Success in any situation can be hard to define. In fact, it can have virtually unlimited definitions, depending on who you are and how you choose to view–and measure–it. In terms of career success, for example, it can vary from gaining a coveted promotion (such as a more exalted position in your company) to making a significantly higher salary than you had before to achieving industry recognition as an influencer or expert who stands out from your peers.
Obviously, then, you can encounter disagreement on what constitutes success. Some people will share your view, while others might adopt one that’s diametrically opposite to it. A possibly more meaningful concept is that of excellence. Let’s see how that might play out.
One definition is “the state or quality of excelling or being exceptionally good; extreme merit; superiority.” Another is: “the quality of being outstanding or extremely good.” As background: the word comes from the Latin verb excellere, which meant to surpass. I’m sure you can see a common theme here. The concept of mediocrity or being average obviously doesn’t cut it!
Clearly, if you want to achieve excellence in terms of your career, you need to consider what it will take for you to be much better than good at whatever it is you do or want to do. You will need to hold yourself to a high standard with regard to all the key aspects of your career, including the norm that would be expected in your career field or profession and in your industry as a whole. Meeting that norm is only the first step to achieving excellence, and it will not make you stand out from the crowd. Through research, observation and clear thinking, you will be striving to get a clear picture of how far you have to go to reach excellence and the critical steps required to attain it.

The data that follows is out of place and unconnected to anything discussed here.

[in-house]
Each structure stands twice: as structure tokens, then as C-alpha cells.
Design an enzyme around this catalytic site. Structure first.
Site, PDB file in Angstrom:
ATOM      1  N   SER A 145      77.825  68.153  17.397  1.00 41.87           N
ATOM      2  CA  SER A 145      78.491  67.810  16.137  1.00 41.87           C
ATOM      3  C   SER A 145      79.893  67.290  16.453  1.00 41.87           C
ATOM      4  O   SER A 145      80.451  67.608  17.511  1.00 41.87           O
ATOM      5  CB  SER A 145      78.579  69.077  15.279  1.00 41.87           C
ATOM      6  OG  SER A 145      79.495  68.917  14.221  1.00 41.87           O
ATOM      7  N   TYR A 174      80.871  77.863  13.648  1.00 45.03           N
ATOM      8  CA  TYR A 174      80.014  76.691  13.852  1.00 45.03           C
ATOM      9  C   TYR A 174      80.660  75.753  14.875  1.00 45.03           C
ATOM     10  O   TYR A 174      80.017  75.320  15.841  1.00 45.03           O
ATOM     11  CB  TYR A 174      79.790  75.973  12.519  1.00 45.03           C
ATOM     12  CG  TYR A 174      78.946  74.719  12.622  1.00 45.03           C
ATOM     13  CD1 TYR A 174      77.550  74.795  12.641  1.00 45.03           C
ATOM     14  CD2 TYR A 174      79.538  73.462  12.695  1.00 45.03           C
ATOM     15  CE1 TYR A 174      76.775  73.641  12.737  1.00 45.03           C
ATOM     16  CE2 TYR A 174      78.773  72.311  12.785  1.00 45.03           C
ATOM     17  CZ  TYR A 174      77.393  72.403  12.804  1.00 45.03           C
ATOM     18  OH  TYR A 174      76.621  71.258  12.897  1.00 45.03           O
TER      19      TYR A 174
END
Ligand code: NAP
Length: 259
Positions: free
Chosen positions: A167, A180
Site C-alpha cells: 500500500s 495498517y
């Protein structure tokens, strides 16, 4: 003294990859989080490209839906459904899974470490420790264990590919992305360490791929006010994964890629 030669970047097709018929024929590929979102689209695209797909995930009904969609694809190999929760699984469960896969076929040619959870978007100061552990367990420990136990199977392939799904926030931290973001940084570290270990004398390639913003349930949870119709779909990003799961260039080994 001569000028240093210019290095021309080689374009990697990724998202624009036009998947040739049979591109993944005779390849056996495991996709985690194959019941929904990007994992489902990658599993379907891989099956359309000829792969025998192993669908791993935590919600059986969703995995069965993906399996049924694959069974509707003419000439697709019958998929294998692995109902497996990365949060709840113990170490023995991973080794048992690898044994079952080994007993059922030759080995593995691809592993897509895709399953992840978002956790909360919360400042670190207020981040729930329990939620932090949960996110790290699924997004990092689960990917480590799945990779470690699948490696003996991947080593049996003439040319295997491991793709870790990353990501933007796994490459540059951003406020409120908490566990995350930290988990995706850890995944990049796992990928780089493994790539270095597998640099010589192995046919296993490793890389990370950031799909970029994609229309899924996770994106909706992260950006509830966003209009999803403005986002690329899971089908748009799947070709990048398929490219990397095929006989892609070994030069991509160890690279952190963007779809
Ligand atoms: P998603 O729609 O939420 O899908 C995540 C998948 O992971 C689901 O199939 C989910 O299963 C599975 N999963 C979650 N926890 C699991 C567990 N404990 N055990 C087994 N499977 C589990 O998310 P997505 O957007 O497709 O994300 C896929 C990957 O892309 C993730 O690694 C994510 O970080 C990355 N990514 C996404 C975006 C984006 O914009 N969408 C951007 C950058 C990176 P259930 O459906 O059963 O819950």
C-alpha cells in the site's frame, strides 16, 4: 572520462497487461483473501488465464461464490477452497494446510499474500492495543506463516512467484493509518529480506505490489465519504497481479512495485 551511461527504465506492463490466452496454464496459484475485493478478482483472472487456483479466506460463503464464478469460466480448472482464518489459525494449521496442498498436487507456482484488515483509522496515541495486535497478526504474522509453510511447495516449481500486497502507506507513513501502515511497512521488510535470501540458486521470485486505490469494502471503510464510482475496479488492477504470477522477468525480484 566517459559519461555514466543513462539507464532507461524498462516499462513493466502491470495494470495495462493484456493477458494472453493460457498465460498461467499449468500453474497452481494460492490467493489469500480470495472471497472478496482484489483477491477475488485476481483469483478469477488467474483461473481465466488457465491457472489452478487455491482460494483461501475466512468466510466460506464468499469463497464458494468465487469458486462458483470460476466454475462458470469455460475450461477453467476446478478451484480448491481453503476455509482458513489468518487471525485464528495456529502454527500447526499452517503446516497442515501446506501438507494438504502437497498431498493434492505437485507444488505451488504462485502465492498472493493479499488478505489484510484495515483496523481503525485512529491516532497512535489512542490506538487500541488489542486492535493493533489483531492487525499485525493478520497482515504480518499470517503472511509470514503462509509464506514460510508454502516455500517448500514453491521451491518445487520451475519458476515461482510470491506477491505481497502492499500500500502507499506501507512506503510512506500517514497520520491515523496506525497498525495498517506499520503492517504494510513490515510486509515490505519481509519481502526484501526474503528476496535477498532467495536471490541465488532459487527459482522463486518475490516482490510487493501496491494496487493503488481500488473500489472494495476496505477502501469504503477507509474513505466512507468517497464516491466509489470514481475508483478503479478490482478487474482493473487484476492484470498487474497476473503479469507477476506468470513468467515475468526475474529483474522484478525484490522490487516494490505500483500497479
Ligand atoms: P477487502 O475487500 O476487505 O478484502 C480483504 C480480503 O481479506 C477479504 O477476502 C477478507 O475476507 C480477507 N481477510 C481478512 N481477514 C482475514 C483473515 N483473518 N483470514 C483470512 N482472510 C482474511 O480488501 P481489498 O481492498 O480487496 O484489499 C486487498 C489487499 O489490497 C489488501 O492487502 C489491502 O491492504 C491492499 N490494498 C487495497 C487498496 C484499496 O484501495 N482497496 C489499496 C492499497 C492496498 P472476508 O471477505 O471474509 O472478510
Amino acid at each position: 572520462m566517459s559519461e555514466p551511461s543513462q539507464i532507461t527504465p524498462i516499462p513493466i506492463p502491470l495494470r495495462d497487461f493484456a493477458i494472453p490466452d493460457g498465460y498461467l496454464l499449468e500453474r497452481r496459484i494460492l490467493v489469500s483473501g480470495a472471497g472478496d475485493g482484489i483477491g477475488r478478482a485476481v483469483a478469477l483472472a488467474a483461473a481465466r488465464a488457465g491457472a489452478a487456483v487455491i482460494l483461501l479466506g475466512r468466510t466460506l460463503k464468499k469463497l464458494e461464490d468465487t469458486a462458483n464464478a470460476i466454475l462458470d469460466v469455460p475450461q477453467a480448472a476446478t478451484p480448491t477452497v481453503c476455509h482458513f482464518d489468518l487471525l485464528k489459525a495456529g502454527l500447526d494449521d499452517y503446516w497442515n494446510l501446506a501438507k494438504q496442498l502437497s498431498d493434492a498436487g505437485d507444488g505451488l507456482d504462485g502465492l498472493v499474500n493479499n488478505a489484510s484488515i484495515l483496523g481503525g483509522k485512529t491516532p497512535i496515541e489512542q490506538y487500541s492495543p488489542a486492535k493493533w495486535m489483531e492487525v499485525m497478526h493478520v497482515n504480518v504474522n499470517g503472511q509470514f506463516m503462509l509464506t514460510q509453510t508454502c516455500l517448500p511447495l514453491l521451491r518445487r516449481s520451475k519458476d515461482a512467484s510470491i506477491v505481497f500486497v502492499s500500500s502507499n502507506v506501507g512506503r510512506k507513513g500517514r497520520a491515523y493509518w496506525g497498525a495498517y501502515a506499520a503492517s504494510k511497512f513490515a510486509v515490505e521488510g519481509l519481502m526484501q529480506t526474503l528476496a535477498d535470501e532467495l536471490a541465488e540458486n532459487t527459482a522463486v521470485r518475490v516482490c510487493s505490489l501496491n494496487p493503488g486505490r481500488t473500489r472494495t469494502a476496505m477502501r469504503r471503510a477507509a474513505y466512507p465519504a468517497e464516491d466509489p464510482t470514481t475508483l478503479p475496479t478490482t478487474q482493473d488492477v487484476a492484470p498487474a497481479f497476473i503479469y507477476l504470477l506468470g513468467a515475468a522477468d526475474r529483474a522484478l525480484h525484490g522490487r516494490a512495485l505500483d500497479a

A recent blog post by Jon Gordon, titled “Excellence or Success,” makes the distinction that “success is often measured by comparison to others. Excellence, on the other hand, is all about being the best we can be and maximizing our gifts, talents and abilities to perform at our highest potential.” In that sense, it appears to be an either/or choice–in other words, you can’t have both. This viewpoint definitely has some validity, and Gordon provides examples from sports (coach John Wooden and pro golfer Jack Nicklaus) and from business (Apple’s iPod, iPhone and iPad products).
On the other hand, if you define success as “the accomplishment of an aim or purpose” versus “the attainment of popularity or profit,” you might be able to achieve both excellence and success, depending on what your aim or purpose is. For example, if your aim as a Senior Marketing Manager is to recruit, train and inspire a marketing team to position your company and its products as #1 in its market-space, and you/your team achieve that goal by communicating the quality and benefits of the company’s products in a compelling way, you can rightfully claim a combination of excellence and success for your efforts.
Remember that success depends on how you define it. Before you can achieve both excellence and success in your career, you need to pin that definition down.